Frodo – A Domestic TCK/CCK

Posted: 27th December 2009 by admin in Uncategorized

by JRR Tolkien

Thanks to Bilbo, Frodo was very much a “global nomad”. And thanks to him and the Fellowship, (also made up of global nomads), all of Middle Earth was saved.

Turn on your speakers and open a new tab:

Roads Go Ever On – Tolkien

Roads go ever ever on,
Over rock and under tree,
By caves where never sun has shone,
By streams that never find the sea;
Over snow by winter sown,
And through the merry flowers of June,
Over grass and over stone,
And under mountains of the moon.

Roads go ever ever on
Under cloud and under star,
Yet feet that wandering have gone
Turn at last to home afar.
Eyes that fire and sword have seen
And horror in the halls of stone
Look at last on meadows green
And trees and hills they long have known.

The Road goes ever on and on
Down from the door where it began.
Now far ahead the Road has gone,
And I must follow, if I can,
Pursuing it with eager feet,
Until it joins some larger way
Where many paths and errands meet.
And whither then? I cannot say.

The Road goes ever on and on
Out from the door where it began.
Now far ahead the Road has gone,
Let others follow it who can!
Let them a journey new begin,
But I at last with weary feet
Will turn towards the lighted inn,
My evening-rest and sleep to meet.

(Not included in the video:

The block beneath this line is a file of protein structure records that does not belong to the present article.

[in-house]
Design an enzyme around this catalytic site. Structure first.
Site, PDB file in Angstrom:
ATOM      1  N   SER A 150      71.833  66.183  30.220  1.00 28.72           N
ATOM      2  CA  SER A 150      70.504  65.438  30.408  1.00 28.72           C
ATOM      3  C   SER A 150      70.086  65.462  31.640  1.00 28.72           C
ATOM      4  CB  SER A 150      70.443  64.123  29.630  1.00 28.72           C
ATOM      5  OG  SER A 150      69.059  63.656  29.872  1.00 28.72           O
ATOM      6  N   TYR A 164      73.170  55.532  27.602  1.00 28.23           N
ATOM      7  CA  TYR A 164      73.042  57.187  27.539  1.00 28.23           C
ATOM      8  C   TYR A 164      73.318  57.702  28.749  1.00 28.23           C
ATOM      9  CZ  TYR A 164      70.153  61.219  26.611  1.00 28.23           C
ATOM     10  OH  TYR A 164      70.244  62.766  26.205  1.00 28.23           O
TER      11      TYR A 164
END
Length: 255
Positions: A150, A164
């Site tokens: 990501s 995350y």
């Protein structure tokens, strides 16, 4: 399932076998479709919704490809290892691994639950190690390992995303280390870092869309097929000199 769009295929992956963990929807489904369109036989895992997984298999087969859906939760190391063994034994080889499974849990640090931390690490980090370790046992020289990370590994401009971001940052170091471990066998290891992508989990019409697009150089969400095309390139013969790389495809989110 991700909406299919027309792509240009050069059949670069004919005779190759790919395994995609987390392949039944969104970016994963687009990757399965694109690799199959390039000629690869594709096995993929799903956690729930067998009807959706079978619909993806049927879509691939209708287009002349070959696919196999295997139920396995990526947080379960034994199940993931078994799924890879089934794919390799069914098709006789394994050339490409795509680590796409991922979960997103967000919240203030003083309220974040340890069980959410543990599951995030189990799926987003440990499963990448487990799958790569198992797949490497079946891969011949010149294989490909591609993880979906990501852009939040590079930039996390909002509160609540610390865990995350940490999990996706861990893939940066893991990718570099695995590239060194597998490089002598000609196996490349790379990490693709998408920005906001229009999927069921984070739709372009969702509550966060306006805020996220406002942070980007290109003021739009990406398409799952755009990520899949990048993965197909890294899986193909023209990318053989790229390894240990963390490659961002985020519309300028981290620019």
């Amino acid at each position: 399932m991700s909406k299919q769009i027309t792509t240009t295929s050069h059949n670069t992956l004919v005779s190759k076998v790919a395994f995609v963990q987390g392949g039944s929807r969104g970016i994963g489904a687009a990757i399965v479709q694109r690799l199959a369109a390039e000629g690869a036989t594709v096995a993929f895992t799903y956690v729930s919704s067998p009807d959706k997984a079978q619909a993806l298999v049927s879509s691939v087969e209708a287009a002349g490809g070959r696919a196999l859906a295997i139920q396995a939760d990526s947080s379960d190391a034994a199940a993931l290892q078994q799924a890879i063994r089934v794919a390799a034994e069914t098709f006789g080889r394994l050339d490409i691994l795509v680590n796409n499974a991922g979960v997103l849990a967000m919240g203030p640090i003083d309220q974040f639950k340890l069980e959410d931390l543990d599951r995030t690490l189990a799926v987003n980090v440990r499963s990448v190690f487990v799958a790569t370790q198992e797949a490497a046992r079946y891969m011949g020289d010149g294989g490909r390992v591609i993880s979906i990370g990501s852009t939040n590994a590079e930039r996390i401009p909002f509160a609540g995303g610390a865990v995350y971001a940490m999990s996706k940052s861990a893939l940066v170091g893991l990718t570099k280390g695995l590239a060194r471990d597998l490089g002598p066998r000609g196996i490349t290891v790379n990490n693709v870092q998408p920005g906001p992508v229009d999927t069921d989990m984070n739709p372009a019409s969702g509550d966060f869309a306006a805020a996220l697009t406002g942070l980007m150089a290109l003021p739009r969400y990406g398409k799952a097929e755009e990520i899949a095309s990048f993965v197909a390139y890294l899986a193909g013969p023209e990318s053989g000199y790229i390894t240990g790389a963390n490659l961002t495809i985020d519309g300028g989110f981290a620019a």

Roads go ever ever on
To the lands beyond the sea
On a white ship will I sail
Watching shadows aren’t for me

Leaving havens grey with rain
Now that years have slipped away
Leaving friends with gentle pain
As they start another day.

Roads I traveled I must leave
For I ‘ve turned the final bend
Weep not empty tears but grieve
As the road comes to an end

It’s so easy not to try
Let the world go driftying by
If you never say hello
You won’t have to say good bye.)

(c) 1977 Performed by Glenn Yarborough, Lyrics by Jules Bass, Music by Maury Laws.

  1. Anonymous says:

    That’s so neat! I thought about that after posting this – how there must be so many more forms of English dialects. For instance Australian has an entirely amazing vocab for things like toilet, although I can’t remember them right now. I’m sure someone else here knows what I mean though 🙂

  2. Anonymous says:

    I can remember feeling deeply for Frodo when reading the last part of the LOTR trilogy. It was like I knew what he was going through in dealing with everything he had gone through.